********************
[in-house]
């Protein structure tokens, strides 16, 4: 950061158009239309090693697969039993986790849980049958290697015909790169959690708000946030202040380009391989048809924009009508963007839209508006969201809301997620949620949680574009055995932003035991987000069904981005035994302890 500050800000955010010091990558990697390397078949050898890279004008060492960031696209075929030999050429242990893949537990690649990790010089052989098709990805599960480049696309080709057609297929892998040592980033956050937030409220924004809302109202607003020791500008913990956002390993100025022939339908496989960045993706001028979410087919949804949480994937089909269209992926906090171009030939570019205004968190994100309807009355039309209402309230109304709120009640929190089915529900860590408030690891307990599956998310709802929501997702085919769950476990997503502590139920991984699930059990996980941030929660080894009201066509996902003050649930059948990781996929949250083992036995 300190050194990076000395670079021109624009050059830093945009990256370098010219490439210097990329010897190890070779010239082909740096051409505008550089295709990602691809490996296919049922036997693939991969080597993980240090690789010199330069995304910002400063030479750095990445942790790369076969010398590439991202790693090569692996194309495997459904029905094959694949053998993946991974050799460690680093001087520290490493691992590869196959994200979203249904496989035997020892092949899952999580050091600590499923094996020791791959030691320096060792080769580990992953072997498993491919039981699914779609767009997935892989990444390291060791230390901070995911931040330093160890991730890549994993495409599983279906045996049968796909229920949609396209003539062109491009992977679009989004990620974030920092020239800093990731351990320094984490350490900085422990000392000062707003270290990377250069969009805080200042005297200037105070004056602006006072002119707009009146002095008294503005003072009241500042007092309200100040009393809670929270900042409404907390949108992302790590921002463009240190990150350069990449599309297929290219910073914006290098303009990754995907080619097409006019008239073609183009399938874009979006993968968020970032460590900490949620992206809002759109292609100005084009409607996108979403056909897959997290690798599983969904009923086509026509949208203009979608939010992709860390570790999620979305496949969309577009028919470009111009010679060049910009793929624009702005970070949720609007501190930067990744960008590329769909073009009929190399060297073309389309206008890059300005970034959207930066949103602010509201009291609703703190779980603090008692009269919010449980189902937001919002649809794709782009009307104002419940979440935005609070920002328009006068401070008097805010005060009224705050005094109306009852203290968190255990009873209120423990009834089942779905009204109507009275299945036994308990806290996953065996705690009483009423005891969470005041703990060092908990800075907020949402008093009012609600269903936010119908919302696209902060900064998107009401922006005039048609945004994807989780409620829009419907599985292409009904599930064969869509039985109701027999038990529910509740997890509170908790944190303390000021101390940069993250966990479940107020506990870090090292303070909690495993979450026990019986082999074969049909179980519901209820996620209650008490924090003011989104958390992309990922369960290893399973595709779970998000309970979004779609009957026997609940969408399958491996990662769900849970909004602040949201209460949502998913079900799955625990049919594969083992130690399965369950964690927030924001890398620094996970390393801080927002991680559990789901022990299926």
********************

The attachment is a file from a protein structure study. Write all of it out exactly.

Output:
[in-house]
């Protein structure tokens, strides 16, 4: 950061158009239309090693697969039993986790849980049958290697015909790169959690708000946030202040380009391989048809924009009508963007839209508006969201809301997620949620949680574009055995932003035991987000069904981005035994302890 500050800000955010010091990558990697390397078949050898890279004008060492960031696209075929030999050429242990893949537990690649990790010089052989098709990805599960480049696309080709057609297929892998040592980033956050937030409220924004809302109202607003020791500008913990956002390993100025022939339908496989960045993706001028979410087919949804949480994937089909269209992926906090171009030939570019205004968190994100309807009355039309209402309230109304709120009640929190089915529900860590408030690891307990599956998310709802929501997702085919769950476990997503502590139920991984699930059990996980941030929660080894009201066509996902003050649930059948990781996929949250083992036995 300190050194990076000395670079021109624009050059830093945009990256370098010219490439210097990329010897190890070779010239082909740096051409505008550089295709990602691809490996296919049922036997693939991969080597993980240090690789010199330069995304910002400063030479750095990445942790790369076969010398590439991202790693090569692996194309495997459904029905094959694949053998993946991974050799460690680093001087520290490493691992590869196959994200979203249904496989035997020892092949899952999580050091600590499923094996020791791959030691320096060792080769580990992953072997498993491919039981699914779609767009997935892989990444390291060791230390901070995911931040330093160890991730890549994993495409599983279906045996049968796909229920949609396209003539062109491009992977679009989004990620974030920092020239800093990731351990320094984490350490900085422990000392000062707003270290990377250069969009805080200042005297200037105070004056602006006072002119707009009146002095008294503005003072009241500042007092309200100040009393809670929270900042409404907390949108992302790590921002463009240190990150350069990449599309297929290219910073914006290098303009990754995907080619097409006019008239073609183009399938874009979006993968968020970032460590900490949620992206809002759109292609100005084009409607996108979403056909897959997290690798599983969904009923086509026509949208203009979608939010992709860390570790999620979305496949969309577009028919470009111009010679060049910009793929624009702005970070949720609007501190930067990744960008590329769909073009009929190399060297073309389309206008890059300005970034959207930066949103602010509201009291609703703190779980603090008692009269919010449980189902937001919002649809794709782009009307104002419940979440935005609070920002328009006068401070008097805010005060009224705050005094109306009852203290968190255990009873209120423990009834089942779905009204109507009275299945036994308990806290996953065996705690009483009423005891969470005041703990060092908990800075907020949402008093009012609600269903936010119908919302696209902060900064998107009401922006005039048609945004994807989780409620829009419907599985292409009904599930064969869509039985109701027999038990529910509740997890509170908790944190303390000021101390940069993250966990479940107020506990870090090292303070909690495993979450026990019986082999074969049909179980519901209820996620209650008490924090003011989104958390992309990922369960290893399973595709779970998000309970979004779609009957026997609940969408399958491996990662769900849970909004602040949201209460949502998913079900799955625990049919594969083992130690399965369950964690927030924001890398620094996970390393801080927002991680559990789901022990299926």